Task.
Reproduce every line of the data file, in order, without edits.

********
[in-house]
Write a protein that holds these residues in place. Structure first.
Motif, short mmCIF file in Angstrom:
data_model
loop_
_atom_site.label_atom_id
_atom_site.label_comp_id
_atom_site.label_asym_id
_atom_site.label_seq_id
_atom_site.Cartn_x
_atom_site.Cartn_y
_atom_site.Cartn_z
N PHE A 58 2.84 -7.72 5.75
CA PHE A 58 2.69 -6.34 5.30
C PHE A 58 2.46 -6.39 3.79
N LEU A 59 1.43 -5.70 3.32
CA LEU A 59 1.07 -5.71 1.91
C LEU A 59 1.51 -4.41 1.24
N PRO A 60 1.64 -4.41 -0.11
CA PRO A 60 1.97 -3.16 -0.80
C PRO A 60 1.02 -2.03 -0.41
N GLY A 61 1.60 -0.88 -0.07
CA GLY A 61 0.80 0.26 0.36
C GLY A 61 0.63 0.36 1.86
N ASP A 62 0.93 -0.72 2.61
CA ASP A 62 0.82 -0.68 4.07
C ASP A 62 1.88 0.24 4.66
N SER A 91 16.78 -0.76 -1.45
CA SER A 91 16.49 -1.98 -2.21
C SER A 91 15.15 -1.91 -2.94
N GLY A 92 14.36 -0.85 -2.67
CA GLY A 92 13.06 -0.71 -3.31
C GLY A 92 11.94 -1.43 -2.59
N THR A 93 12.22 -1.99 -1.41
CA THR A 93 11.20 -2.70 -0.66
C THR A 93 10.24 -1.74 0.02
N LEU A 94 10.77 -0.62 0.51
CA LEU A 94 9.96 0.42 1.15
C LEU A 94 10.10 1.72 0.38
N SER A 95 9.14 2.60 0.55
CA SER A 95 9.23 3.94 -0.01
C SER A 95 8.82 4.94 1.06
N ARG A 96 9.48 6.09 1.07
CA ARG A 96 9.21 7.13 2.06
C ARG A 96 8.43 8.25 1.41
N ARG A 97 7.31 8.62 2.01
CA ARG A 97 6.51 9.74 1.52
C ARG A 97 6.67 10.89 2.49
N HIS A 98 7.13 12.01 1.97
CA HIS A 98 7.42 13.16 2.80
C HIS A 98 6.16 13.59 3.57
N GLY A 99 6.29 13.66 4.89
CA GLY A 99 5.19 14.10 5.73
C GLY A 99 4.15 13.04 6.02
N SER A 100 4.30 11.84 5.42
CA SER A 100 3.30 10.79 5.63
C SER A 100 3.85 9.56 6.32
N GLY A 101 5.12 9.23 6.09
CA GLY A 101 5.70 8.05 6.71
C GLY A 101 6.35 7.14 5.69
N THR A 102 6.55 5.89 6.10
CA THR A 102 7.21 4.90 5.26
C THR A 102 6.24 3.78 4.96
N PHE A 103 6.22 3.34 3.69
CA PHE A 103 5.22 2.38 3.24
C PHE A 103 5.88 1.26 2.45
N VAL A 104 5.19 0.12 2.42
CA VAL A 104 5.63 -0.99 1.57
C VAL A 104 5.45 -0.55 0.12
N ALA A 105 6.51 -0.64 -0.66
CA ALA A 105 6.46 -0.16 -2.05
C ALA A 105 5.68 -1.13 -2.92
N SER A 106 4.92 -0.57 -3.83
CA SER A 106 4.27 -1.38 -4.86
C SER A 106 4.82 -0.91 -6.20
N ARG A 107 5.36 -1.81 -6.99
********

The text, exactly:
[in-house]
Write a protein that holds these residues in place. Structure first.
Motif, short mmCIF file in Angstrom:
data_model
loop_
_atom_site.label_atom_id
_atom_site.label_comp_id
_atom_site.label_asym_id
_atom_site.label_seq_id
_atom_site.Cartn_x
_atom_site.Cartn_y
_atom_site.Cartn_z
N PHE A 58 2.84 -7.72 5.75
CA PHE A 58 2.69 -6.34 5.30
C PHE A 58 2.46 -6.39 3.79
N LEU A 59 1.43 -5.70 3.32
CA LEU A 59 1.07 -5.71 1.91
C LEU A 59 1.51 -4.41 1.24
N PRO A 60 1.64 -4.41 -0.11
CA PRO A 60 1.97 -3.16 -0.80
C PRO A 60 1.02 -2.03 -0.41
N GLY A 61 1.60 -0.88 -0.07
CA GLY A 61 0.80 0.26 0.36
C GLY A 61 0.63 0.36 1.86
N ASP A 62 0.93 -0.72 2.61
CA ASP A 62 0.82 -0.68 4.07
C ASP A 62 1.88 0.24 4.66
N SER A 91 16.78 -0.76 -1.45
CA SER A 91 16.49 -1.98 -2.21
C SER A 91 15.15 -1.91 -2.94
N GLY A 92 14.36 -0.85 -2.67
CA GLY A 92 13.06 -0.71 -3.31
C GLY A 92 11.94 -1.43 -2.59
N THR A 93 12.22 -1.99 -1.41
CA THR A 93 11.20 -2.70 -0.66
C THR A 93 10.24 -1.74 0.02
N LEU A 94 10.77 -0.62 0.51
CA LEU A 94 9.96 0.42 1.15
C LEU A 94 10.10 1.72 0.38
N SER A 95 9.14 2.60 0.55
CA SER A 95 9.23 3.94 -0.01
C SER A 95 8.82 4.94 1.06
N ARG A 96 9.48 6.09 1.07
CA ARG A 96 9.21 7.13 2.06
C ARG A 96 8.43 8.25 1.41
N ARG A 97 7.31 8.62 2.01
CA ARG A 97 6.51 9.74 1.52
C ARG A 97 6.67 10.89 2.49
N HIS A 98 7.13 12.01 1.97
CA HIS A 98 7.42 13.16 2.80
C HIS A 98 6.16 13.59 3.57
N GLY A 99 6.29 13.66 4.89
CA GLY A 99 5.19 14.10 5.73
C GLY A 99 4.15 13.04 6.02
N SER A 100 4.30 11.84 5.42
CA SER A 100 3.30 10.79 5.63
C SER A 100 3.85 9.56 6.32
N GLY A 101 5.12 9.23 6.09
CA GLY A 101 5.70 8.05 6.71
C GLY A 101 6.35 7.14 5.69
N THR A 102 6.55 5.89 6.10
CA THR A 102 7.21 4.90 5.26
C THR A 102 6.24 3.78 4.96
N PHE A 103 6.22 3.34 3.69
CA PHE A 103 5.22 2.38 3.24
C PHE A 103 5.88 1.26 2.45
N VAL A 104 5.19 0.12 2.42
CA VAL A 104 5.63 -0.99 1.57
C VAL A 104 5.45 -0.55 0.12
N ALA A 105 6.51 -0.64 -0.66
CA ALA A 105 6.46 -0.16 -2.05
C ALA A 105 5.68 -1.13 -2.92
N SER A 106 4.92 -0.57 -3.83
CA SER A 106 4.27 -1.38 -4.86
C SER A 106 4.82 -0.91 -6.20
N ARG A 107 5.36 -1.81 -6.99